CAMP PENDLETON, CA, UNITED STATES
CAMP PENDLETON, Calif. - A Marine with I Marine Expeditionary Force, received a Bronze Star with combat distinguishing device during an awards ceremony here, May 20.
Cpl. Zachary D. Byron, a Pashto linguist currently assigned to 1st Radio Battalion, was presented the Bronze Star and Purple Heart for actions while serving with 2nd Battalion, 1st Marine Regiment in November 2010.
Byron’s squad was caught in an enemy ambush in the vicinity Durzay, Afghanistan located in southern Helmand province.
“You can never simulate that kind of environment ever again,” said Byron, from Marion, N.Y. “It was a wakeup call for all of us. When the guy in front of me got hit I couldn’t see him, but I heard him yelling. I immediately got up and moved toward him.”
Byron, 23, was shot in the wrist and thigh as he tried to render aid on the injured Marine in front of him.
“When I got shot in my leg everything kind of stopped,” Byron said. “I got a feeling of straight fear -- fear that things were going to get a lot worse.”
As he fell in and out of consciousness from blood loss, he continued to translate enemy communications, allowing the squad to avert another assault.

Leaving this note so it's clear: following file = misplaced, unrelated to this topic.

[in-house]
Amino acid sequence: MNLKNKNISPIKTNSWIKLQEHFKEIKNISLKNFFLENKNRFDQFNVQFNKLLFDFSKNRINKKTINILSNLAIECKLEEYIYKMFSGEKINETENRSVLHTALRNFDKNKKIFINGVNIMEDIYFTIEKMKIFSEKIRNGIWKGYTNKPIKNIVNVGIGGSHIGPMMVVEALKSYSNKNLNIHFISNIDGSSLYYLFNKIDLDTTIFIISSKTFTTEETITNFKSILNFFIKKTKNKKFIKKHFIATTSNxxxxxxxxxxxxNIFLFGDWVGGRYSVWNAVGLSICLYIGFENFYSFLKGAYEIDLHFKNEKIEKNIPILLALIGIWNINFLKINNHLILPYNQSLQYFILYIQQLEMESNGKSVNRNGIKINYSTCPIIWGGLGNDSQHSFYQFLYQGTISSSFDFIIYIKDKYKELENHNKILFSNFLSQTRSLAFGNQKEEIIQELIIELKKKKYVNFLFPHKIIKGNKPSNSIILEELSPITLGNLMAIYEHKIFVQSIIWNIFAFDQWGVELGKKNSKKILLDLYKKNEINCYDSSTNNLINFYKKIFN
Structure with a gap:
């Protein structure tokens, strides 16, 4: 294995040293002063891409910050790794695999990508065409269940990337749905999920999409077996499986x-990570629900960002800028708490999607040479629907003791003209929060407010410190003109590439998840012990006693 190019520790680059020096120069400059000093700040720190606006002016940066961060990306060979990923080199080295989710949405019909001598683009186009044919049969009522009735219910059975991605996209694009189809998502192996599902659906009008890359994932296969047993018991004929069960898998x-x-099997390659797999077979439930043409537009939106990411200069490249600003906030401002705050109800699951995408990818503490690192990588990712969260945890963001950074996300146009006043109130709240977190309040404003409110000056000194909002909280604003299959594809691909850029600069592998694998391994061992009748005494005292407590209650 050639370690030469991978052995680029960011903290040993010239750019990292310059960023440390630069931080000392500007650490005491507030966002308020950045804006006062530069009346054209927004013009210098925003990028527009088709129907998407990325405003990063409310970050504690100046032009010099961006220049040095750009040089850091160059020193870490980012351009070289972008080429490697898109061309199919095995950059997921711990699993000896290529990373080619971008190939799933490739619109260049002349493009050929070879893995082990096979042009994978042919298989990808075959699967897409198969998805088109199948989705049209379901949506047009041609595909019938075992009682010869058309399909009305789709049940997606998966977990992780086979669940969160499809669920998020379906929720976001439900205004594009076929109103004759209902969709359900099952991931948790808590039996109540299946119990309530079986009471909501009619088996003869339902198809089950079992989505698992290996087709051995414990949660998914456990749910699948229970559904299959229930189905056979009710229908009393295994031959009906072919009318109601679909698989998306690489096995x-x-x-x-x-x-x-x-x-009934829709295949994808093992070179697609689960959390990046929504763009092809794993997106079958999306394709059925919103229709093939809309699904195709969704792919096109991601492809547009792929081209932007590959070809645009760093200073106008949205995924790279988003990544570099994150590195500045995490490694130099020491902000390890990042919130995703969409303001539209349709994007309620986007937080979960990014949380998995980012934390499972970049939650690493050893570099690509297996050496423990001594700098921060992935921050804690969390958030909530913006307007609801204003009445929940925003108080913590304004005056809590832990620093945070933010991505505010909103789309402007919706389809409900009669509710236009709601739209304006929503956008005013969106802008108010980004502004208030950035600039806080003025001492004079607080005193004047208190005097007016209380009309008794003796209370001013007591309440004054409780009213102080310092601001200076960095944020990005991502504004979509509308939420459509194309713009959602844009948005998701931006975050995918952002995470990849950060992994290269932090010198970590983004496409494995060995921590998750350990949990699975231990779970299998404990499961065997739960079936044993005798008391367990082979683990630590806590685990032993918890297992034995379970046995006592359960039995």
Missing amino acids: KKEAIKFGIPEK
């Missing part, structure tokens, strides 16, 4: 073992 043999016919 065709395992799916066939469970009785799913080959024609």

“I had a sense of loyalty to my job and my troops to make sure I didn’t fail them,” Byron said.
Sgt. Maj. Albert Diaz, the sergeant major of 1st Radio Bn., complimented Byron’s humbling personality and wasn’t surprised to hear of his heroic actions.
“He is always going out of his way to help somebody,” Diaz said. “He is always sought out for advice.”
Sgt. Michael J. McCabe said the Bronze Star is well deserved and is witness to Byron’s outstanding performance.
“He’s very selfless when it comes to his job and accomplishing his tasks,” said McCabe, a team trainer with Headquarters and Support Company, 1st Radio Bn., who served as Byron’s team leader in Afghanistan. “I don’t think there’s enough you can say about his performance. He’s by far the best Marine I’ve ever worked with.”
“It’s a great honor, not just for me, but for 1st Radio Bn.,” Byron said. “There were a lot of Marines in the squad whose actions encouraged me to push on.”
The Bronze Star is awarded for the fourth highest award received for combat actions in the U.S. Armed Forces.
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